Was andere dazu sagen - Rezension schreiben
Es wurden keine Rezensionen gefunden.
Andere Ausgaben - Alle anzeigen
ancient Anglo-Saxon appear attention British called cemetery century character Cheshire Chester Church collection considerable construction contained direction district England evidence exhibited existence extensive fact former four friends Genus give given GROUP Henry illustration important inch Institution interest James John king known laid Lancashire land language late less letter light Liverpool living London Manchester manufacture March means meeting mentioned miles natural nearly notice objects observed obtained original passed period persons population portion possession present printed probably problem record referred remains remarkable respecting Roman Saxon seen side Society species specimens stone street success supposed taken Thomas town various volume Warrington West whole
Seite 47 - There is not wind enough to twirl The one red leaf, the last of its clan, That dances as often as dance it can, Hanging so light, and hanging so high, On the topmost twig that looks up at the sky.
Seite 49 - The style of Bunyan is delightful to every reader, and invaluable as a study to every person who wishes to obtain a wide command over the English language. The vocabulary is the vocabulary of the common people. There is not an expression, if we except a few technical terms of theology, which would puzzle the rudest peasant. We have observed several pages which do not contain a single word of more than two syllables. Yet no writer has said more exactly what he meant to say. For magnificence, for pathos,...
Seite 119 - We do it wrong, being so majestical, To offer it the show of violence ; For it is, as the air, invulnerable, And our vain blows malicious mockery.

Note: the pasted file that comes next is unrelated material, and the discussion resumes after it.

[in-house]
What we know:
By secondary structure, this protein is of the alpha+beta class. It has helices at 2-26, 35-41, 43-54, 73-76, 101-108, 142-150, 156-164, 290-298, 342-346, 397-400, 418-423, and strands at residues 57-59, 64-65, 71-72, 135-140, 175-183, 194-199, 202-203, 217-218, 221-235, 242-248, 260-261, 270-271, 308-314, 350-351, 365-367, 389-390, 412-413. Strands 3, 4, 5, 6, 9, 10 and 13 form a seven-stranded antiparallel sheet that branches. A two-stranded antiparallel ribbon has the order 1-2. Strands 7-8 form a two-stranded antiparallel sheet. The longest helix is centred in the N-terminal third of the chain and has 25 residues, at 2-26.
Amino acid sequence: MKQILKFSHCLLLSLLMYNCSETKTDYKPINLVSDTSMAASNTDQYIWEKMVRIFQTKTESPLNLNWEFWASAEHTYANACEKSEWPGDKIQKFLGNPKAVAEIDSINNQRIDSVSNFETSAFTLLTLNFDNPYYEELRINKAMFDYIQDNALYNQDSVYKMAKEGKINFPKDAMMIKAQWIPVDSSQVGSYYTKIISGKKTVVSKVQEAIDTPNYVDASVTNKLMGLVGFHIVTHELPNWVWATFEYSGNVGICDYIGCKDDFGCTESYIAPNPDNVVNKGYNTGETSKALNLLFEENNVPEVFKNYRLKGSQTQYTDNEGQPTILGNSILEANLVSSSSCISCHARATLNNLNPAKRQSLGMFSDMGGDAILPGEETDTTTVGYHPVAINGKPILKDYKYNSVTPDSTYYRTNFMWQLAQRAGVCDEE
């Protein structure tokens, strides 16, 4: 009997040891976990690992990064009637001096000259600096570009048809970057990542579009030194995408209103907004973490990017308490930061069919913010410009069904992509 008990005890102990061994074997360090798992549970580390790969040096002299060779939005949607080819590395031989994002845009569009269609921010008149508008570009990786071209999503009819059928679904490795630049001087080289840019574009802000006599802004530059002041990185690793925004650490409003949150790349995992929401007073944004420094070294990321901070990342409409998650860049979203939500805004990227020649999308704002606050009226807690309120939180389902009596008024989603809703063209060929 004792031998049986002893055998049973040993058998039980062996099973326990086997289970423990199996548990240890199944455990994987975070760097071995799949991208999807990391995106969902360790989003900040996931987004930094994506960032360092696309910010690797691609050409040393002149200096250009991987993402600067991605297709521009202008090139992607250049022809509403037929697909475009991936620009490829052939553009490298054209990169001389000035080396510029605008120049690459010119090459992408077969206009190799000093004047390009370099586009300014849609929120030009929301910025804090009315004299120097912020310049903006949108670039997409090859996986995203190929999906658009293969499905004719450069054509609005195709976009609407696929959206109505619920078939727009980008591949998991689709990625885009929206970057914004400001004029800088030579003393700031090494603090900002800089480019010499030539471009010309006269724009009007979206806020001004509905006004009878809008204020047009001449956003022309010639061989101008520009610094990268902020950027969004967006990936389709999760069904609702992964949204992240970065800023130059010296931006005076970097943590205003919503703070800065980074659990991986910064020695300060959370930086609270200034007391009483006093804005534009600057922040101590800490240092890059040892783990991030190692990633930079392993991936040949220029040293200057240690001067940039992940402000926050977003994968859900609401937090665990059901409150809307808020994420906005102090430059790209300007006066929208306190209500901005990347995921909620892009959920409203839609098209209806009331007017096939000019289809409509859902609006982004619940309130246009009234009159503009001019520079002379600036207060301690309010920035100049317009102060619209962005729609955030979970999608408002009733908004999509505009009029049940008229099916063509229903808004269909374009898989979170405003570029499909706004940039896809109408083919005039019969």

Seite 47 - ... prayeth best, who loveth best All things both great and small ; For the dear God who loveth us, He made and loveth all.
Seite 58 - On no smooth sphere the restless seasons slide, No circling motion doth swift time divide ; Nothing is there To come, and nothing Past, But an Eternal Now does always last.
Seite 55 - The power that predominated in his intellectual operations was rather strong reason than quick sensibility. Upon all occasions that were presented, he studied rather than felt, and produced sentiments not such as nature enforces, but meditation supplies.
Seite 39 - It is worth while here to observe, that the affecting parts of Chaucer are almost always expressed in language pure and universally intelligible even to this day.
Seite 43 - How sweet the moonlight sleeps upon this bank ! Here will we sit and let the sounds of music Creep in our ears; soft stillness and the night Become the touches of sweet harmony. Sit, Jessica. Look how the floor of heaven Is thick inlaid with patines of bright gold.
Seite 43 - The current, that with gentle murmur glides, Thou know'st, being stopp'd, impatiently doth rage ; But, when his fair course is not hindered, He makes sweet music with the enamel'd stones, Giving a gentle kiss to every sedge He overtaketh in his pilgrimage ; And so by many winding nooks he strays With willing sport to the wild ocean.